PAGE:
:: LA FAYETTE CLASS ::
European aircraft carrier cruisers
Model 1968 100-millimeter cannon
Crotale Naval missile launcher
Dagaie ECM launcher
The light multirole frigates of the La Fayette class are originally operated by the French Navy, but derivatives of the type are in service in the Royal Saudi Navy, the Singaporean Navy and the Taiwanese Navy. France ordered five ships of this class in 1988, which were commissioned between 1996 and 2002 (La Fayette, Surcouf, Courbet, Aconit and Guépratte).
These were the first warships in the world built with a radical stealth design. A reduced radar signature was achieved by means of a very clean superstructure in comparison to conventional designs, inclined surfaces and radar-absorbent material, a composite of wood and fiberglass which is light but also as hard as steel and resistant to fire. Most modern warships built around the world since the introduction of this class have followed the same principles of stealth design.
When the first unit of the La Fayette class was commissioned in March 1996 her stealth design seemed revolutionary. The absence of external elements of any kind was such that it seemed like the ship was still not finished. Any element which were susceptible to produce radar echoes had been carefully protected behind bulkheads or curtains, leaving uncovered only which is absolutely imprescindible. The shape of the hull and superstructures allowed a reduction of radar signature of about 60 percent. A smaller radar signature would allow these ships to be perceived by radars as a much smaller ships, while helping as well to evade enemy missiles and fire control systems. Inclined and clean surfaces made of particular synthetic materials are the key for achieving this purpose.
Another less obvious stealth techniques were included as well in the design: low-powered engines to reduce thermal and acoustic signatures, heat dissipation systems on engines and exhausts to reduce thermal signature (diffusing panels and infrared filters), elastic supports for the engines and rubber coating in the propellers to reduce acoustic signature or a demagnetization belt to reduce magnetic signature. A more special method is the active acoustic camouflage system, which generate small bubbles underneath the hull to confuse sonars.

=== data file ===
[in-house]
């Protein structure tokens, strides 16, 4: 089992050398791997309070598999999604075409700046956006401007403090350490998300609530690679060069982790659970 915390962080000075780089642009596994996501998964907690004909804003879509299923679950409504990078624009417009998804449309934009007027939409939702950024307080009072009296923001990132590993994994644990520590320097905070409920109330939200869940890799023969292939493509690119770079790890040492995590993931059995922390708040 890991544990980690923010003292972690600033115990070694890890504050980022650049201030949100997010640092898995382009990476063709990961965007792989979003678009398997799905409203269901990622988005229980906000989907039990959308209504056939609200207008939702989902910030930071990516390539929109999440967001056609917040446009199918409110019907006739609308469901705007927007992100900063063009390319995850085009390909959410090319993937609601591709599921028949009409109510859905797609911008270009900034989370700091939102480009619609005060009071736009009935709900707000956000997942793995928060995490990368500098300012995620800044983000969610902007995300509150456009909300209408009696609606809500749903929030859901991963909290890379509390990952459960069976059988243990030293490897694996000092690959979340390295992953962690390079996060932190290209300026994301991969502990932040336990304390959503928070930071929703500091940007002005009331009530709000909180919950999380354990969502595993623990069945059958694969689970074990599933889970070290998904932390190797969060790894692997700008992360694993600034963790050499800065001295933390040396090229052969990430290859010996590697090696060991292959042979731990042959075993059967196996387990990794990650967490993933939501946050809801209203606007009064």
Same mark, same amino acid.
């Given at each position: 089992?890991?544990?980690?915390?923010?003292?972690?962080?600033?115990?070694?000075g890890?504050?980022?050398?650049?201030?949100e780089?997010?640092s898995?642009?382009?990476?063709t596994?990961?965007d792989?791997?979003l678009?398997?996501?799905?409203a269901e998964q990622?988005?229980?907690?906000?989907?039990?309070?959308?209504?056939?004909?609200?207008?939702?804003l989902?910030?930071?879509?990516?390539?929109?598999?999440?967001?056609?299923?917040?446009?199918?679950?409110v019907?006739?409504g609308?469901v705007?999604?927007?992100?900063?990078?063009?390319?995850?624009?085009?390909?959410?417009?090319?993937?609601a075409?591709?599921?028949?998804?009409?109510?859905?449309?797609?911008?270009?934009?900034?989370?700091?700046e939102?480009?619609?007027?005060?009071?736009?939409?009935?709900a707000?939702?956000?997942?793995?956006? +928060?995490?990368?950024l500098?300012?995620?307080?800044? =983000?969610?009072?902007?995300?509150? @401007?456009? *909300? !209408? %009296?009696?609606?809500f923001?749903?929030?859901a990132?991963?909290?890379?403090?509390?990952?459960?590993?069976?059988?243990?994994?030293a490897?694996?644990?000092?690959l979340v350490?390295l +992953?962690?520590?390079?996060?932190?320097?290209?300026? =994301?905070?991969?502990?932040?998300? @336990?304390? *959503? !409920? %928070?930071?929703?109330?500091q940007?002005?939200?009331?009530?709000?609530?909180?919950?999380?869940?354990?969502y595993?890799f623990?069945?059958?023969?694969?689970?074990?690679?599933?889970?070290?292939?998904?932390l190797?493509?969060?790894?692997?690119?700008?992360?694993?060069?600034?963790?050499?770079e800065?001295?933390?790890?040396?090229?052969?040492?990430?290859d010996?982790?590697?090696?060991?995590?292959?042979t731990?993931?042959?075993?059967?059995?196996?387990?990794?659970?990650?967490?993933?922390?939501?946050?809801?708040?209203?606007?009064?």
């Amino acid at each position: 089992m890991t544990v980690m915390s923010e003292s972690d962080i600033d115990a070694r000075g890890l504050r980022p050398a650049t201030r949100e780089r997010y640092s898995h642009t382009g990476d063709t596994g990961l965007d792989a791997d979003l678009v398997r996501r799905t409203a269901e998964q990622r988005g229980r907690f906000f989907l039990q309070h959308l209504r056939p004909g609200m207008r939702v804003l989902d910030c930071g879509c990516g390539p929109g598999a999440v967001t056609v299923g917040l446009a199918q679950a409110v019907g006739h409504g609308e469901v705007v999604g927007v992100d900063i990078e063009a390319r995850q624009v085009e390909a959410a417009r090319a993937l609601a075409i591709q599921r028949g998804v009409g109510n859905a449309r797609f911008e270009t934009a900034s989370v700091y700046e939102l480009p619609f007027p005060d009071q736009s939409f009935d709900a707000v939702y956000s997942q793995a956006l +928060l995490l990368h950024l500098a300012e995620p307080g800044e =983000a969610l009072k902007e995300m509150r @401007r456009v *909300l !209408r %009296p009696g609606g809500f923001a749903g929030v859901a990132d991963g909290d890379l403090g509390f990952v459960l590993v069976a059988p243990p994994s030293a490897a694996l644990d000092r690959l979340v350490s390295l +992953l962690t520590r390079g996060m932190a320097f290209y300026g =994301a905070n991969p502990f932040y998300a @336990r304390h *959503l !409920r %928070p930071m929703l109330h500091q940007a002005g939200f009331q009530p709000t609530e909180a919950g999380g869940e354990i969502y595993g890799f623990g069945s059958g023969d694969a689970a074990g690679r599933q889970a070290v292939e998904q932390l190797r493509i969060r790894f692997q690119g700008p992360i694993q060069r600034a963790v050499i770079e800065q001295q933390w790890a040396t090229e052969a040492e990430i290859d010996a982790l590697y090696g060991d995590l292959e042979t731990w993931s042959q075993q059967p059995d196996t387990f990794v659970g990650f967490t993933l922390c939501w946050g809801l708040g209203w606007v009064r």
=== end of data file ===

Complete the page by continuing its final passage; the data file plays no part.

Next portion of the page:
Finally, the conventional dotation of electronic jammers and decoy launchers are the active response against threats when the passive stealth techniques have failed. The La Fayette class is equipped with two Dagaie ECM (Electronic Counter Measures) launchers, which have ten replaceable containers, each loaded with either chaff grenades or infrared flares, which provide protection against radar-homing, heat-seeking and dual-capable missiles. This system is activated by radar, ESM (Electronic Support Measures) or optical systems, with a reaction time of less than four seconds, and the optimal firing direction is computed from a combination of threat bearing, wind speed and direction and the own ship's heading and speed.
These ships, built with high-resistance steels, have a double hull going from the waterline to the deck to better absorb the impact of a missile. Both hulls are separated by a corridor running from end to end on the body formed by the superstructure, constituting some kind of "gallery of services", most of them redundant and hence not affecting the operativity of the ship if destroyed by an impact from a missile.
Vital spaces were protected with 10-millimeter thick steel armor and the main deck has a long and wide corridor which provides direct access to every room located on it. The structures of the funnels and other elements in the highest parts of the ship were built with a laminate of balsa wood and glass-reinforced plastics, which has fireproof properties and a very reduced weight. This material was used also for the sides of the cannon mounting.
The frigates of the La Fayette class have an overall length of 125 meters, a beam of 15.4 meters and a draught of 4.1 meters. Their standard displacement is 3200 tonnes, reaching 3600 tonnes at full load. The propulsion plant comprises four Diesel engines SEMT Pielstick which develop 5250 horsepower each and actuate on two shafts, allowing a maximum speed of 25 knots. Operational range is around 7000 nautical miles (11300 kilometers) at 15 knots. The complement is around 140 men and the resources onboard include 60 tonnes of potable water and food for 50 days. There is also space to accommodate a 10-tonne helicopter.
Curiously so carefully constructed ships were fitted with a rather poor armament, for they only have one 100-millimeter 55-caliber cannon, two 20-millimeter cannons, two 12.7-millimeter machine guns, two quadruple launchers for the antiship missile Exocet MM40 Block II and one octuple launcher for the point-defense missile system Crotale Naval.
Provisions were made for the installation of a vertical launching system for the antiaircraft missile Aster 15, probably associated to the multifunction radar Arabel and the medium-range air defense system known by the French acronym SAAM, but as 2016 this upgrade has not been installed due to economic reasons. Also antisubmarine armament is inexistent, unless we consider as such the helicopter onboard, one AS 565 MA Panther or NH 90 Super Frelon.
~ La Fayette class (II) ~
~ Return To Military Ships ~